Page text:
Mississippi Plumes

April 11, 2001


Provided by: NASA/GSFC
Summary authors & editors: Jim Foster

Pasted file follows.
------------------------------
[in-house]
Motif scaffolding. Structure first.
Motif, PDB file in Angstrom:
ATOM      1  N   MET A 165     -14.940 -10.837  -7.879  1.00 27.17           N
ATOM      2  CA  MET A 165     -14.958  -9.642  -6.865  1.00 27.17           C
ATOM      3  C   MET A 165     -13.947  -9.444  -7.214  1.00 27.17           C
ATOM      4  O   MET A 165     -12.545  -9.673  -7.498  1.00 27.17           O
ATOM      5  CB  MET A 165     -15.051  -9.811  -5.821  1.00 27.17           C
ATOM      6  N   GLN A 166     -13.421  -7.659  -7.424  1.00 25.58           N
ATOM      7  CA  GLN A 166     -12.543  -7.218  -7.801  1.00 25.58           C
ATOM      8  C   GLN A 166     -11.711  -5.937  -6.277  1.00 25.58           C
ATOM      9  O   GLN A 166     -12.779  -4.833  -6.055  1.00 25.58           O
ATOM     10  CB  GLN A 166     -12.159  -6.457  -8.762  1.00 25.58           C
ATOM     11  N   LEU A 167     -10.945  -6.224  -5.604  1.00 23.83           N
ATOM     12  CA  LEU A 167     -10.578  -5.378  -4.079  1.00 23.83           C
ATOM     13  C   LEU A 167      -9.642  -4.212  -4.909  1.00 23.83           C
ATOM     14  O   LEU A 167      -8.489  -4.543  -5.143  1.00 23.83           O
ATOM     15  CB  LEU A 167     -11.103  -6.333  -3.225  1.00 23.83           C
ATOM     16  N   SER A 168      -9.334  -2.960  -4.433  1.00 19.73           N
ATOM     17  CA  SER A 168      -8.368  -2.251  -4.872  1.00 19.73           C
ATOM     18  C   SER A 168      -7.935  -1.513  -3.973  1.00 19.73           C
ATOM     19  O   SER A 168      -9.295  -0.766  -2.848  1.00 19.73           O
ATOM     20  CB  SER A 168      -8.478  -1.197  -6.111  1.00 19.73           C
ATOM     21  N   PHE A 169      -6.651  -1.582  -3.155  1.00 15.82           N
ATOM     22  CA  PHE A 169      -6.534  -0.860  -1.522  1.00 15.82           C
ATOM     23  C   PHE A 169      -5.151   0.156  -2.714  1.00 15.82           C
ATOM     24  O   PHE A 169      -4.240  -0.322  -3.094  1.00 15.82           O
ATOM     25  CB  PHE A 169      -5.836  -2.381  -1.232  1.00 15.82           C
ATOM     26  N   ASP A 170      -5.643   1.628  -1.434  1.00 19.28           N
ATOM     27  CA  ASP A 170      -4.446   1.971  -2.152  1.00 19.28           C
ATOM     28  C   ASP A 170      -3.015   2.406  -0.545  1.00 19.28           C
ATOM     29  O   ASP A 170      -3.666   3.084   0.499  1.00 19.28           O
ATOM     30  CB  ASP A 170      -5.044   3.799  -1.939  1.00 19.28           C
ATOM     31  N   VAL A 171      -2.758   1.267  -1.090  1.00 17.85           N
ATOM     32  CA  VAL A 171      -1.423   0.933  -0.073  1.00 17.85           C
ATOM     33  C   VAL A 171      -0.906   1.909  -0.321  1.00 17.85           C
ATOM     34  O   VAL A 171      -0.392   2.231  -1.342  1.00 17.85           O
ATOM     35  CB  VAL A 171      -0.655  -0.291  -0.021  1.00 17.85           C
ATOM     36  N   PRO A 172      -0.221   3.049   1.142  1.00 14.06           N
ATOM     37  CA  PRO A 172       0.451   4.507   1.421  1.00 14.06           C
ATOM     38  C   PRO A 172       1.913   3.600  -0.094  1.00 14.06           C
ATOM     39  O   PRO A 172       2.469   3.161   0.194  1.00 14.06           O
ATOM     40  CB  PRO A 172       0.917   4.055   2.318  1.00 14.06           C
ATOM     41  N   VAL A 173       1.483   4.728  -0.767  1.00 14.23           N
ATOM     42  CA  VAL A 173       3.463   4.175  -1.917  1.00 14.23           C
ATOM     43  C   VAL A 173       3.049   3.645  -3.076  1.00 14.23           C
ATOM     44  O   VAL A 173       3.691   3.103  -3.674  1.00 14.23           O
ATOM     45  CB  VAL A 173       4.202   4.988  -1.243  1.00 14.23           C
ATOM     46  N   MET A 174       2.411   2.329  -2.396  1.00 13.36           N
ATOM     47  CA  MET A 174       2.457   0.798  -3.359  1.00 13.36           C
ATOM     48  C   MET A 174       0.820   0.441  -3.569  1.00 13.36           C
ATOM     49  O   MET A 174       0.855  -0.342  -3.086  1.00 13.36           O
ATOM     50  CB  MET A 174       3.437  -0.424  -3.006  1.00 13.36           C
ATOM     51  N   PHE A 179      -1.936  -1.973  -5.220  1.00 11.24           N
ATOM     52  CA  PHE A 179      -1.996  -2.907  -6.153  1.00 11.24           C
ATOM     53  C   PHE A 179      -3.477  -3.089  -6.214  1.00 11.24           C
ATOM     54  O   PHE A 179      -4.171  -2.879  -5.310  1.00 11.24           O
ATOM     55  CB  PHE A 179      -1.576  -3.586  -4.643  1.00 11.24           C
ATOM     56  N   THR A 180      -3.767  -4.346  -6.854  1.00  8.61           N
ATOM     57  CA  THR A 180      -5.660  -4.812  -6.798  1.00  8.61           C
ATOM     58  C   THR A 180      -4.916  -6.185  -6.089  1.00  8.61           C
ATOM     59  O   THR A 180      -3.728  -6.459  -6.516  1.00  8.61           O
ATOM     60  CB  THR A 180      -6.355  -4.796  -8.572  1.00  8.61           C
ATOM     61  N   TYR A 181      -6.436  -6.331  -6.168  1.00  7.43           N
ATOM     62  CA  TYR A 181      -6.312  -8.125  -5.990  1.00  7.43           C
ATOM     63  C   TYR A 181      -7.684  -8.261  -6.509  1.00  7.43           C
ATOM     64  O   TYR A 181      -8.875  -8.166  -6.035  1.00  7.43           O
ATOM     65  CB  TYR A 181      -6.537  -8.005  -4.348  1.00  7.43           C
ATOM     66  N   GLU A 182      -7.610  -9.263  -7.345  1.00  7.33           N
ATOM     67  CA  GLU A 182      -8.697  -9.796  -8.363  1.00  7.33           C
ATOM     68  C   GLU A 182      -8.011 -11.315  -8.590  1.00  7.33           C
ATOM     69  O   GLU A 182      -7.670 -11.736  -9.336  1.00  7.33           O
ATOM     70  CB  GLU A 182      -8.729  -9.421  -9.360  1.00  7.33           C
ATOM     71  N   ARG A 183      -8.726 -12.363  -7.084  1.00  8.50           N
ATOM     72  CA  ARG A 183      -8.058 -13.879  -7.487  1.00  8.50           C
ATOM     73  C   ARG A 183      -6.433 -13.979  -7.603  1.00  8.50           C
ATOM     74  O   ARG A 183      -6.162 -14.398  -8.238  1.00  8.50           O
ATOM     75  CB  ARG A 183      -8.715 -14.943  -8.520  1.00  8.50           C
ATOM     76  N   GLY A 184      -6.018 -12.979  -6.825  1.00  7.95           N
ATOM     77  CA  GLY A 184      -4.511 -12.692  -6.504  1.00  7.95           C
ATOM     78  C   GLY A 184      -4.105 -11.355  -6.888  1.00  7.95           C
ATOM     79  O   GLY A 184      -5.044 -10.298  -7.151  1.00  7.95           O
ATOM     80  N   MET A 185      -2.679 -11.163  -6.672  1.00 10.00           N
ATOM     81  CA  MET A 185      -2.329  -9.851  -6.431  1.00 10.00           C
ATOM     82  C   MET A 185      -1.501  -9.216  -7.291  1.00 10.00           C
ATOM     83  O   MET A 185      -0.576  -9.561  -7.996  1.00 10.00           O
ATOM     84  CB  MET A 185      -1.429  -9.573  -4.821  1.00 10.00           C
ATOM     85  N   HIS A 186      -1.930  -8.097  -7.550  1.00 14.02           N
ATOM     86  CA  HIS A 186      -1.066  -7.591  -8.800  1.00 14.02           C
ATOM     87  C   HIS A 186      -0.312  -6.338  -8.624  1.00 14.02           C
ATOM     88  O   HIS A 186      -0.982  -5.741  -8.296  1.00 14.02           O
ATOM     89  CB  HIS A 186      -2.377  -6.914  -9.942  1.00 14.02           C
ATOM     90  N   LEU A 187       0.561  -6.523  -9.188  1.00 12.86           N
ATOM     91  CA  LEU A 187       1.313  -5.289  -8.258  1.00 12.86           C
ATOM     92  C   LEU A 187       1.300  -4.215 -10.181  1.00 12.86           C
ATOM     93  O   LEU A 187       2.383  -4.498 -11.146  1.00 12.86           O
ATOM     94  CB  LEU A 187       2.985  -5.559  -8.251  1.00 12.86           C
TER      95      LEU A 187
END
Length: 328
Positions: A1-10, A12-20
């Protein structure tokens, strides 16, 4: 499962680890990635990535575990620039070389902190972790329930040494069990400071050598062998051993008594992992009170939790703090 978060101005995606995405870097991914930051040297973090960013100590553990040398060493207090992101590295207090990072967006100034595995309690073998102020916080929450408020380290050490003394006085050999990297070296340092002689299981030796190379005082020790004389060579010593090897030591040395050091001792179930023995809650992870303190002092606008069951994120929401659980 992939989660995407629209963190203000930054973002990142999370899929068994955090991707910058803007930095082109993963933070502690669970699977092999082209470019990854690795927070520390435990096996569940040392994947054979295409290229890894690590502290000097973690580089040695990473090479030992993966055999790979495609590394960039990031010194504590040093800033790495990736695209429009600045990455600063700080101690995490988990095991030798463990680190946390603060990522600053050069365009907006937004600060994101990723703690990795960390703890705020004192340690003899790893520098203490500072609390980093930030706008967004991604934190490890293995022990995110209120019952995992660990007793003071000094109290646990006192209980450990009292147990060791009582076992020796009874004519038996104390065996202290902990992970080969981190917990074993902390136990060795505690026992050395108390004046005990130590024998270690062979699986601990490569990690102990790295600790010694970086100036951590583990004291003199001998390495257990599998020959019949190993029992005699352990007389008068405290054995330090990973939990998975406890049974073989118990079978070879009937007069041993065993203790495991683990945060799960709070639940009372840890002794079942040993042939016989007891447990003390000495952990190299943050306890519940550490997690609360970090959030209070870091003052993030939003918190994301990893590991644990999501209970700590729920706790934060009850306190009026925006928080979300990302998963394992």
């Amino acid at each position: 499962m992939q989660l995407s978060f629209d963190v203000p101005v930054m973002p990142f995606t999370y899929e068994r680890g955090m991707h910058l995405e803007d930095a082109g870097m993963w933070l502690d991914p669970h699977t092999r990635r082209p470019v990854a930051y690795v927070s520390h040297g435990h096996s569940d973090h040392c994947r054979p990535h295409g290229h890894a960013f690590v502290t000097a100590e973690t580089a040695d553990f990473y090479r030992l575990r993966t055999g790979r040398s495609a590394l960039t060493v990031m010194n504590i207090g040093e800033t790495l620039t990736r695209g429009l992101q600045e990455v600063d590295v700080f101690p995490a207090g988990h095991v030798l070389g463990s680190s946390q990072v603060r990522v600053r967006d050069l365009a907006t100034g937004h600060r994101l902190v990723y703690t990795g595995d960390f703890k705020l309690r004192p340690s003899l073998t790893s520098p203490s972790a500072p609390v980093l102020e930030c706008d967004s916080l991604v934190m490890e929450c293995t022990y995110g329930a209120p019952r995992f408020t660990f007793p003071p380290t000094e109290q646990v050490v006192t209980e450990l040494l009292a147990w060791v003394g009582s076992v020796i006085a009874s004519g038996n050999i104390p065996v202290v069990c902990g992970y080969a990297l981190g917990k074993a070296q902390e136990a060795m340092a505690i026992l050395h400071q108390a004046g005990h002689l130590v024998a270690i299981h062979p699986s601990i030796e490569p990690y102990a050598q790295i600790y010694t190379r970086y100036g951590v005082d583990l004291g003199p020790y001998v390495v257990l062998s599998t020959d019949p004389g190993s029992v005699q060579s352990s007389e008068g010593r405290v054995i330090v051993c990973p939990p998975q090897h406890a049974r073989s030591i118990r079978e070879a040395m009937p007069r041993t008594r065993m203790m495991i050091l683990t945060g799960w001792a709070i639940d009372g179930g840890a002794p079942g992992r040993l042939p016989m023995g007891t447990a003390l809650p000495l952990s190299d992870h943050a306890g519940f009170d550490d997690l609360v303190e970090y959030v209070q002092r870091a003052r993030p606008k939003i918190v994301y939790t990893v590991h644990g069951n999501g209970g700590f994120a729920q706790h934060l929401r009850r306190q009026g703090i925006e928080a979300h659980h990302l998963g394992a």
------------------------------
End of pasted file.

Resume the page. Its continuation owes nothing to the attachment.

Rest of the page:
The MODIS satellite image above, taken on March 5, shows sediment plumes moving into the Gulf of Mexico from the main branch of the Mississippi River as well as through the bayous in its delta region. It's easy to understand how our nation's longest river is often referred to as "The Big Muddy." Although improved soil conservation practices and preservation of farmlands have lessened water pollution in recent decades, soil erosion combined with heavy rains and spring snowmelt can push millions of tons of sediment each year into the Mississippi Delta region, reducing water quality and filling river channels with silt. As a result of sediment from up-river being dumped into the Gulf of Mexico, the state of Louisiana is actually increasing in area each year.

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